International trade is central to Canada's economic success and prosperity, and there is no doubt that trade will play a crucial role in our inclusive and sustainable recovery from COVID-19. It is important for Canada to not only develop new trading relationships, but to also maintain and strengthen our existing ties. The TCA is not just about maintaining the CETA agreement. In fact, it sets the stage for an exciting new chapter in our future trade relations with the United Kingdom.
With the TCA, we will ensure immediate certainty for Canada-U.K. trade by replicating CETA on a bilateral basis, as the U.K. has left the EU. However, Canada has always said that, for the longer term, we are interested in the negotiation of a new, modern and ambitious agreement that can best reflect the Canada-U.K. bilateral relationship going forward.
The TCA includes a commitment for subsequent negotiations to begin within a year of its entry into force. My U.K. counterpart, Secretary Truss, and I have publicly committed to these negotiations. We will see input of Canadians from coast to coast to coast through public consultations on their interests in a new bilateral discussion with the United Kingdom.
I look forward to returning to the negotiating table within one year of the TCA's ratification to work on a new, high-quality, modern, inclusive and comprehensive economic partnership that includes ambitious chapters for small businesses, the environment, labour, digital trade and women's economic empowerment. To those who have pointed out areas where improvements are needed, we hear them, and I am eager to get to work on those issues. We will return to the House when we are ready to table negotiating objectives for this new, ambitious effort.
While we work to ratify this agreement both in Canada and in the United Kingdom, we have signed a memorandum of understanding between both countries so that trade can continue to flow while this agreement makes its way through domestic approvals in both countries. As we have negotiated both through the MOU and the Canada-U.K. TCA, businesses will continue trading at the preferential tariff rates under CETA with no additional paperwork. The TCA will provide stability and remain in place until a new agreement, which we aim to reach within three years, is ready.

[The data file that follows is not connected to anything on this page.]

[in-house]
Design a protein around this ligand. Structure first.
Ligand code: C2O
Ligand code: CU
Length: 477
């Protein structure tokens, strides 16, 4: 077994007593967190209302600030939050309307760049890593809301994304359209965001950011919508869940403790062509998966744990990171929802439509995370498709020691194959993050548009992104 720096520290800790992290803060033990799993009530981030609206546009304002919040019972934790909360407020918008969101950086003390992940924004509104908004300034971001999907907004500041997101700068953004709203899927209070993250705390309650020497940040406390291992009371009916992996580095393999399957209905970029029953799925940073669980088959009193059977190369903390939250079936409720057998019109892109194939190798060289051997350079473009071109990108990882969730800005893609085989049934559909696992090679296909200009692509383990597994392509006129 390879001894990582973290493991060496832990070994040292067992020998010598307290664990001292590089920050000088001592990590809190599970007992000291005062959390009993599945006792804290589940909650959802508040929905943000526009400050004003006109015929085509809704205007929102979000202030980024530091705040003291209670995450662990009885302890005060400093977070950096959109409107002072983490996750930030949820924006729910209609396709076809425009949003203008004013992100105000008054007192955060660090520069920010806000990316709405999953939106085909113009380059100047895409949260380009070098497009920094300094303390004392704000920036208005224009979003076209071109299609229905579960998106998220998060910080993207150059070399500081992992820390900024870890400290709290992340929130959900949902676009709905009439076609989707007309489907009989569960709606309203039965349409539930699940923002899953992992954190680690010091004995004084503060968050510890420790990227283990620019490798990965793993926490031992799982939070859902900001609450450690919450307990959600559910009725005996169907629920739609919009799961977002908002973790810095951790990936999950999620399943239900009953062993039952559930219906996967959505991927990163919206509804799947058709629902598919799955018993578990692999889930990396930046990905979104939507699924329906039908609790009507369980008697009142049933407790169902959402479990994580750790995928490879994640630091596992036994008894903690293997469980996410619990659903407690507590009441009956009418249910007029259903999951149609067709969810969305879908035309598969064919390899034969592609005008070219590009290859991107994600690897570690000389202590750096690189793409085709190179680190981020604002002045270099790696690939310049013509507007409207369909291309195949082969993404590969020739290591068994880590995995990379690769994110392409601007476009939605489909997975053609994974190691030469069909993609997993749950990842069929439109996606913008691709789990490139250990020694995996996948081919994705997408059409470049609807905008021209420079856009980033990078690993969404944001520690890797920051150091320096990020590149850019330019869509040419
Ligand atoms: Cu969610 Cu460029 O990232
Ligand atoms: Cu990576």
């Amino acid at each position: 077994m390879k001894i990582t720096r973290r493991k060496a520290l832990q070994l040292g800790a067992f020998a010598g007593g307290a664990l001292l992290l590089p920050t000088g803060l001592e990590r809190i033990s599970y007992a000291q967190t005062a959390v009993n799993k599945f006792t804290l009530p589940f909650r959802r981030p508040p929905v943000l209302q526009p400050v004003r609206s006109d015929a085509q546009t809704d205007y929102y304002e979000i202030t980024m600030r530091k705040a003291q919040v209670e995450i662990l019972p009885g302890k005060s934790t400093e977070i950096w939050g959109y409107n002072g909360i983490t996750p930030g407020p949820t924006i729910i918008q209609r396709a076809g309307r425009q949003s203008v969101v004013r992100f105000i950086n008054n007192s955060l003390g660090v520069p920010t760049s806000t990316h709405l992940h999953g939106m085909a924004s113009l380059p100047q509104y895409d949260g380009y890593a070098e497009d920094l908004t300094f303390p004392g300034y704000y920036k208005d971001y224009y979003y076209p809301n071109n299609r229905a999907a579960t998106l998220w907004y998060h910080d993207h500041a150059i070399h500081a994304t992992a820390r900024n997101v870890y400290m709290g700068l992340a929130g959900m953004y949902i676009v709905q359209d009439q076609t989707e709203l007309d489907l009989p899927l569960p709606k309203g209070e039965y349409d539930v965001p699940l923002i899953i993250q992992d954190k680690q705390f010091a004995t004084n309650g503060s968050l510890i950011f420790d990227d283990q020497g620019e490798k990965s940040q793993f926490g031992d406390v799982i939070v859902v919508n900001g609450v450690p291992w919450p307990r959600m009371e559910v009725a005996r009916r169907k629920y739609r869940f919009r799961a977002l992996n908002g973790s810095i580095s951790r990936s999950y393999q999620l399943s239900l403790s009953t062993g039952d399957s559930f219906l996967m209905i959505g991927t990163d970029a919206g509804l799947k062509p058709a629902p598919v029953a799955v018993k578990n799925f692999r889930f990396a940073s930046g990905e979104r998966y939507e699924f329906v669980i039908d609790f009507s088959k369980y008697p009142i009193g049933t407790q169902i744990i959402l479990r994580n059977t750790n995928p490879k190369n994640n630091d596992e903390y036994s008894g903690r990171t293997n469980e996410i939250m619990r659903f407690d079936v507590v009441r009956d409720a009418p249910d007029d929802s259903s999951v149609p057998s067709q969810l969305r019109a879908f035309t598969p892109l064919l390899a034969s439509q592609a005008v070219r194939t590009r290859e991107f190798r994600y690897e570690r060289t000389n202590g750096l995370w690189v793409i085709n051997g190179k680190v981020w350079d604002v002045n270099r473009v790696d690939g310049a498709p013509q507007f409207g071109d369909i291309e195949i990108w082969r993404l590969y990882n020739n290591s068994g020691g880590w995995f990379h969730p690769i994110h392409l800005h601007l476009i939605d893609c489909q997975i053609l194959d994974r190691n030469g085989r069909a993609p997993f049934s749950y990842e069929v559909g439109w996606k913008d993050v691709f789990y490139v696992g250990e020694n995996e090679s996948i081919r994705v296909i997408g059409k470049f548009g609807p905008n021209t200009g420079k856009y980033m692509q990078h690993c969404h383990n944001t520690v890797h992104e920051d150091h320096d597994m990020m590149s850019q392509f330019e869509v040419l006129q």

With the TCA, we are seeking to ensure continuity. The last thing Canada and the United Kingdom would want to do is create any uncertainty for businesses and workers, particularly as we respond to the pandemic, restart our economies and begin to build back better.
The year 2020 has been incredibly difficult for workers and businesses across the country. For so many sectors, this agreement is exactly the continuity and stability that they have asked for. It is what we need to support Canadian jobs and families, and to grow our economy through trade and export with one of our closest allies at an economically challenging time. While CETA will continue to govern Canada-EU trade, this agreement will provide similar predictability for Canadian businesses that trade with the U.K., ensuring trade between our two countries continues to flow uninterrupted.
I will conclude by saying, as I have said before, that the trade continuity agreement with the U.K. is good for Canadians, it is good for the people of the U.K., and it is good for the strong, mutually beneficial relationship our nations have built over more than 150 years.
Therefore, I urge all hon. members to support Bill C-18 so that Canada can bring the Canada-U.K. trade continuity agreement into force as soon as possible.